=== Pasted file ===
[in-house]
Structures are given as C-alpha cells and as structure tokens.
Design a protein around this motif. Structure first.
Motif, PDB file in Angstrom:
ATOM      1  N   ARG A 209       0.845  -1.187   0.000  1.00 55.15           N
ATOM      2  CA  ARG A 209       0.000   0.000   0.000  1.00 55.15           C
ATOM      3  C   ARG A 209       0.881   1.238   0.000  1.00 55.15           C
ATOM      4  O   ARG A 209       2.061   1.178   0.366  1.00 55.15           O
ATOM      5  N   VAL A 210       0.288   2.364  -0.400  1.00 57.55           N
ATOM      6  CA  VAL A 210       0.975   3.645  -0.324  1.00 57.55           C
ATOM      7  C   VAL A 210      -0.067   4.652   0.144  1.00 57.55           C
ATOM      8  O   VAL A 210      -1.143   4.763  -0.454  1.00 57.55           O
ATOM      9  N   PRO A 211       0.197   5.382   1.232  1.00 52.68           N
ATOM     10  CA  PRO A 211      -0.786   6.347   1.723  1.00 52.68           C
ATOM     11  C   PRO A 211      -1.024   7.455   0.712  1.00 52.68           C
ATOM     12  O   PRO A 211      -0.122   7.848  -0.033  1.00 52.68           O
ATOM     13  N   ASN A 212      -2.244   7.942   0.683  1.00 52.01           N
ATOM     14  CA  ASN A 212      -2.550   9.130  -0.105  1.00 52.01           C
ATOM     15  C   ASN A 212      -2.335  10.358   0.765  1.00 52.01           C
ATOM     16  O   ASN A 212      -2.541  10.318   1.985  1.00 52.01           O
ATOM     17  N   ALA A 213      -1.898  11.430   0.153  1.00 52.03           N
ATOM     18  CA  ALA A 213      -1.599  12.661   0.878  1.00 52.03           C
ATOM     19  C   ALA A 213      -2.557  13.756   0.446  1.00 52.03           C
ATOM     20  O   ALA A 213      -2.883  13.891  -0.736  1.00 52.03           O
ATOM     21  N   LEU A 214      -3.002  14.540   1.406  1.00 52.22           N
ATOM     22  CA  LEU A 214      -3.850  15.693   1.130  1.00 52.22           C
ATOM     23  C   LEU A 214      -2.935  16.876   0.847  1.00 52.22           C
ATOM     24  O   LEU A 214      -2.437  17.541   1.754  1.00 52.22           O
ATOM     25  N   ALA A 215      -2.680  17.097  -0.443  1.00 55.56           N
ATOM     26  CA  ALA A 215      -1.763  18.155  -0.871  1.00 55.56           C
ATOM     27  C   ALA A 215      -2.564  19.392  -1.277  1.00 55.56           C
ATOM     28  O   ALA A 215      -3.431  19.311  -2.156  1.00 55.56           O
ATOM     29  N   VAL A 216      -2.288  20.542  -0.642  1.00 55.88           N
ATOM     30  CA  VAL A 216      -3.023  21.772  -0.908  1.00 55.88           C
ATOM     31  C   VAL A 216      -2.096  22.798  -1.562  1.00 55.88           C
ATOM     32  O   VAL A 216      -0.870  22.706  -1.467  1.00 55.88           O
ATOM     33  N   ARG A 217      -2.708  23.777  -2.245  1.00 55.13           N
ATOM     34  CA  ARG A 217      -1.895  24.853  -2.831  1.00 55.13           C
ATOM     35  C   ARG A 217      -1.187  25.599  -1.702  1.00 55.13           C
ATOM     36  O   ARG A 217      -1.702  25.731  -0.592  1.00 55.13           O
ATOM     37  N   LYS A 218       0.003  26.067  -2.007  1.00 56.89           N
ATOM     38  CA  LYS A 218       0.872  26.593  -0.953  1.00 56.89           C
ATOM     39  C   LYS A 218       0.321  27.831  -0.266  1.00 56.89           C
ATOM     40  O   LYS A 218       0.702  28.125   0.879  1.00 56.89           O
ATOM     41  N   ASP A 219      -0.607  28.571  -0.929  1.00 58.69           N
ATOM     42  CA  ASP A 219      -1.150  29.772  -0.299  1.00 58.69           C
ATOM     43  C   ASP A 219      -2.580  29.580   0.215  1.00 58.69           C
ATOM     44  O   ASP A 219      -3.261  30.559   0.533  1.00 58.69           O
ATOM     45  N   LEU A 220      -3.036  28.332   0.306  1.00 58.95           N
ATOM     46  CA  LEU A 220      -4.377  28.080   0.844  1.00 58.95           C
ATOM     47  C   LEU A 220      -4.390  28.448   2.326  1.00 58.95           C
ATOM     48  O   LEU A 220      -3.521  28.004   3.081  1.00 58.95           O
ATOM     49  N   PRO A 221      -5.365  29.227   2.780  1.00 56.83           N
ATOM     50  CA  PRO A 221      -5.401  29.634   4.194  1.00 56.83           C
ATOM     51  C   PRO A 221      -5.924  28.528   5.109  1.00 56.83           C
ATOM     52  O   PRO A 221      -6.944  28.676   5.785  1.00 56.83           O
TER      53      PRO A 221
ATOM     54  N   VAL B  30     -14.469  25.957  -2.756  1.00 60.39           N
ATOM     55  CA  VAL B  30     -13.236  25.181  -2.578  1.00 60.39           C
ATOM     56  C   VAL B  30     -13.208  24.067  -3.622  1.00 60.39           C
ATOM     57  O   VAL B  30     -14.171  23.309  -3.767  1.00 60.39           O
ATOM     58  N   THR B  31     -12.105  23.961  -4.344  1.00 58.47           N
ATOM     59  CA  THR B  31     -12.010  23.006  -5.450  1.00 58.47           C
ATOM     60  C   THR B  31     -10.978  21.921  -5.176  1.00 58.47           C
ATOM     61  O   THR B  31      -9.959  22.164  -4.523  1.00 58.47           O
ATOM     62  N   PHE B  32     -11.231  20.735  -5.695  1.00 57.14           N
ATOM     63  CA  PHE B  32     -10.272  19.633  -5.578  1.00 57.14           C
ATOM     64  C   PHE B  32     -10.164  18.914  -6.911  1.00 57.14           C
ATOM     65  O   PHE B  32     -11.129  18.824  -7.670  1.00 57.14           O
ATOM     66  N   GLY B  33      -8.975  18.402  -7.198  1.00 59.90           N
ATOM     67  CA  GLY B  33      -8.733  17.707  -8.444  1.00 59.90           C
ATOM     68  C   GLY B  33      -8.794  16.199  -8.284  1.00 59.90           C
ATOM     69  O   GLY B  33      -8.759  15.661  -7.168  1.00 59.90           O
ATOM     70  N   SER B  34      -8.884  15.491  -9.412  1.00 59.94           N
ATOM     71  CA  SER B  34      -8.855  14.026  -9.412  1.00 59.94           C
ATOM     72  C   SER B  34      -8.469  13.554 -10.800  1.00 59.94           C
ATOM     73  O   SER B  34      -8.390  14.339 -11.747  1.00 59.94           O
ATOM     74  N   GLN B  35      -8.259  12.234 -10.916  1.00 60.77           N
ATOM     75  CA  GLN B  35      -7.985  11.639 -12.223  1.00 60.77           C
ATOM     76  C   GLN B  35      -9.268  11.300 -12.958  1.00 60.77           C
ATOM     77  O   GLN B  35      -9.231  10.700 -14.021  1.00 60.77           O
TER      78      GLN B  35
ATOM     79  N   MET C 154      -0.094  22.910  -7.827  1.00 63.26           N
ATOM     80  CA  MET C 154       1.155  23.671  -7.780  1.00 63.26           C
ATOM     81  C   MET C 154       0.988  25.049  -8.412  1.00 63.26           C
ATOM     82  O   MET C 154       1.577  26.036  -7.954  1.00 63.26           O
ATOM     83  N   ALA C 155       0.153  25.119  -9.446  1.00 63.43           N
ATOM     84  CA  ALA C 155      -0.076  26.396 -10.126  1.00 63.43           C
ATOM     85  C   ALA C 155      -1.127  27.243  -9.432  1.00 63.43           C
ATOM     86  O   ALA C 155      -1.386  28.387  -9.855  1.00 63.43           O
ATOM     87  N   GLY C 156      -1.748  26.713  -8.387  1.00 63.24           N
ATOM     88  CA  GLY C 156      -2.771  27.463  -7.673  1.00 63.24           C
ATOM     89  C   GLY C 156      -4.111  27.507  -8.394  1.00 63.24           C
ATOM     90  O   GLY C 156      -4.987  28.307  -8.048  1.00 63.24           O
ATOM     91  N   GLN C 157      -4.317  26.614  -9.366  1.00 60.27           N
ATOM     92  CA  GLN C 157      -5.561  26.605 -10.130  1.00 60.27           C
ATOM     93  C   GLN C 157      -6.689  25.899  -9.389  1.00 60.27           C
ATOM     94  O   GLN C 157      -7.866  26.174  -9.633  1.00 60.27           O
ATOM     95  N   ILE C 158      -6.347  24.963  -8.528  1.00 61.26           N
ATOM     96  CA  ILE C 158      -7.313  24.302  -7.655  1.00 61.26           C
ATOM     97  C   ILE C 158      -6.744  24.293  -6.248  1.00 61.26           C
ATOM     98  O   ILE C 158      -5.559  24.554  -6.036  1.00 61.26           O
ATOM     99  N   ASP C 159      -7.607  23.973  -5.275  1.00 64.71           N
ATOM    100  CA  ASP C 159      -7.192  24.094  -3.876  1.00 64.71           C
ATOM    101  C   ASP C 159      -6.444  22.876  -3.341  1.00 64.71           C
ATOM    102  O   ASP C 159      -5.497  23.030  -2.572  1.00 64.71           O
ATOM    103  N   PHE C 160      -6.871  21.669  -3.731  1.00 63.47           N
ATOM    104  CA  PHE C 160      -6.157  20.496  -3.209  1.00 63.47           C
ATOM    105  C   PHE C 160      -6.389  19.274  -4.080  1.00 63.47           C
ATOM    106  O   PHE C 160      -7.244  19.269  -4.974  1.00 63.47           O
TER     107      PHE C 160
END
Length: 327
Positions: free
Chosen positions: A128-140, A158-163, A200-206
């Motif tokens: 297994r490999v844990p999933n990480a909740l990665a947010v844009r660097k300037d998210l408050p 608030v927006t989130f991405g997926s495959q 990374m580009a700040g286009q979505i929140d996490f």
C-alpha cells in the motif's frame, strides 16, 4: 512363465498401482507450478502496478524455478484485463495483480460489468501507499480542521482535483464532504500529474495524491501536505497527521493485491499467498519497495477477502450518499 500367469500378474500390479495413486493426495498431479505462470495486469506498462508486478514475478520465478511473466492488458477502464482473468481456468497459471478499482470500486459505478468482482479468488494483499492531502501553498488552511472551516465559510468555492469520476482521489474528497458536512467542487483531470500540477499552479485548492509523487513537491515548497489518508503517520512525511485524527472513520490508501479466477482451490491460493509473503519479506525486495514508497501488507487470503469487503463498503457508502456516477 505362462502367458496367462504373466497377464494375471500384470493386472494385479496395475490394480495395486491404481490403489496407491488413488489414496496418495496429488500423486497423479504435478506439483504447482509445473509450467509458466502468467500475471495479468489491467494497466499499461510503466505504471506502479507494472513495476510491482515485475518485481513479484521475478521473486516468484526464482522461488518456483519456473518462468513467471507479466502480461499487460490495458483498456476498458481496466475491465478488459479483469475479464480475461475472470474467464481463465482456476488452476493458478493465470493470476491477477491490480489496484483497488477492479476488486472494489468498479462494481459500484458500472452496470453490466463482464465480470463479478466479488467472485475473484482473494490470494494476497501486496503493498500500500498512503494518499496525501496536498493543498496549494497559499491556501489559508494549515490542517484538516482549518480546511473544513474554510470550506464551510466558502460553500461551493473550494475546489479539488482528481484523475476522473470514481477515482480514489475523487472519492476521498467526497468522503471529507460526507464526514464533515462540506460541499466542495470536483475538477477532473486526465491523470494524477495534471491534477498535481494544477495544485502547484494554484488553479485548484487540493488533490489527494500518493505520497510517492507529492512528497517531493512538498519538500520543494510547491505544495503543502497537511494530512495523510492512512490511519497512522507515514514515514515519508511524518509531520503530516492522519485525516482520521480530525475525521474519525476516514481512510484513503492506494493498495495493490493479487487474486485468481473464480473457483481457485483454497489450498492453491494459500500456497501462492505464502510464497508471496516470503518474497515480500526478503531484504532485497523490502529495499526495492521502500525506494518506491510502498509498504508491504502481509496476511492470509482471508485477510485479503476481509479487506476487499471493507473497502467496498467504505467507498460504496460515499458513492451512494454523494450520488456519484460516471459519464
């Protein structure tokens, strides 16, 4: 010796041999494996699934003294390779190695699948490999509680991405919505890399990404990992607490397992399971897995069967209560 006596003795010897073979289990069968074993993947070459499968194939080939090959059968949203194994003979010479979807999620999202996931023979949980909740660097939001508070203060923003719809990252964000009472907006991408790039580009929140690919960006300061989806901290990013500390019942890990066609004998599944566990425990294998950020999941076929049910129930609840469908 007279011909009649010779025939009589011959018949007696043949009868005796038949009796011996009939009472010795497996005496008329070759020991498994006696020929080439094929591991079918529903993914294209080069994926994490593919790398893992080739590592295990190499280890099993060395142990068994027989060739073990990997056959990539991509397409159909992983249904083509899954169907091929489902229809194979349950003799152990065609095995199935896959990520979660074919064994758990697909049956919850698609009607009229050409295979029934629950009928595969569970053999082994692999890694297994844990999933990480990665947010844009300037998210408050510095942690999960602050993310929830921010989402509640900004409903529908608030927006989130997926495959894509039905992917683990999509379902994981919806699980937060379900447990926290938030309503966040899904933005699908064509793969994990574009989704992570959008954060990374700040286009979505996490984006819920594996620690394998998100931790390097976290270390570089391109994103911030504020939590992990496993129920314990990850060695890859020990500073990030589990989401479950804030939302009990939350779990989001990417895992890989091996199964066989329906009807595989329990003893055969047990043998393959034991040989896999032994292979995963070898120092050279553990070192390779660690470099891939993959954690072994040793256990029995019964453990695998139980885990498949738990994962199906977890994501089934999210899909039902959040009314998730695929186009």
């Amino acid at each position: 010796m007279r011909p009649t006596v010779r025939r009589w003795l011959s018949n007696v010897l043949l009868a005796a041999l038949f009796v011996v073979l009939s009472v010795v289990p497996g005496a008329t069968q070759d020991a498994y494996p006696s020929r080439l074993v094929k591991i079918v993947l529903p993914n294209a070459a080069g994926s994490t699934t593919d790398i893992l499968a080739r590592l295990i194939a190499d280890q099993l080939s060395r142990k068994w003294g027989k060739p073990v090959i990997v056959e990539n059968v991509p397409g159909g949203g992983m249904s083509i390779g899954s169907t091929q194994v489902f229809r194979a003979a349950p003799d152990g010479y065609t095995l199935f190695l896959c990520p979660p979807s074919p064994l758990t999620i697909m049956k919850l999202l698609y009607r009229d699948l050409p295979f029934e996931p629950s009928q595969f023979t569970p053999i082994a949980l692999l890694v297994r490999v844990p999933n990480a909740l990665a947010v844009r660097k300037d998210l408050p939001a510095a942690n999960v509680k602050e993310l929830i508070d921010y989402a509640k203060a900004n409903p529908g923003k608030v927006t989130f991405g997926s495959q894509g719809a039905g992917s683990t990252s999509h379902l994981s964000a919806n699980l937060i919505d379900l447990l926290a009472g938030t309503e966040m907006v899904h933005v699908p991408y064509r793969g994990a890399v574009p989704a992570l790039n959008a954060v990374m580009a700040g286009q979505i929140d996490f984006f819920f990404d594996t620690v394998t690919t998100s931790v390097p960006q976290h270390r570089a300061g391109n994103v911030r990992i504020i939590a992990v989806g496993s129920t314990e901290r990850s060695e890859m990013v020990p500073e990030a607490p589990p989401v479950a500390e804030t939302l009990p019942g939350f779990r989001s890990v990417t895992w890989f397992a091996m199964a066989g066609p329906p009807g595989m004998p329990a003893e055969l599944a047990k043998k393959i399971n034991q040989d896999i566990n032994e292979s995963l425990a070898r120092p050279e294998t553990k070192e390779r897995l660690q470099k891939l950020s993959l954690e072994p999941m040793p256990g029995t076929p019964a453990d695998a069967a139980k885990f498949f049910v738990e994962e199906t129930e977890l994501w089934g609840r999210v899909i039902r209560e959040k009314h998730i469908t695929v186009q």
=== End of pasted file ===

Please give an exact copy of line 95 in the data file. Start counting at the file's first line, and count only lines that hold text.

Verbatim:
ATOM     91  N   GLN C 157      -4.317  26.614  -9.366  1.00 60.27           N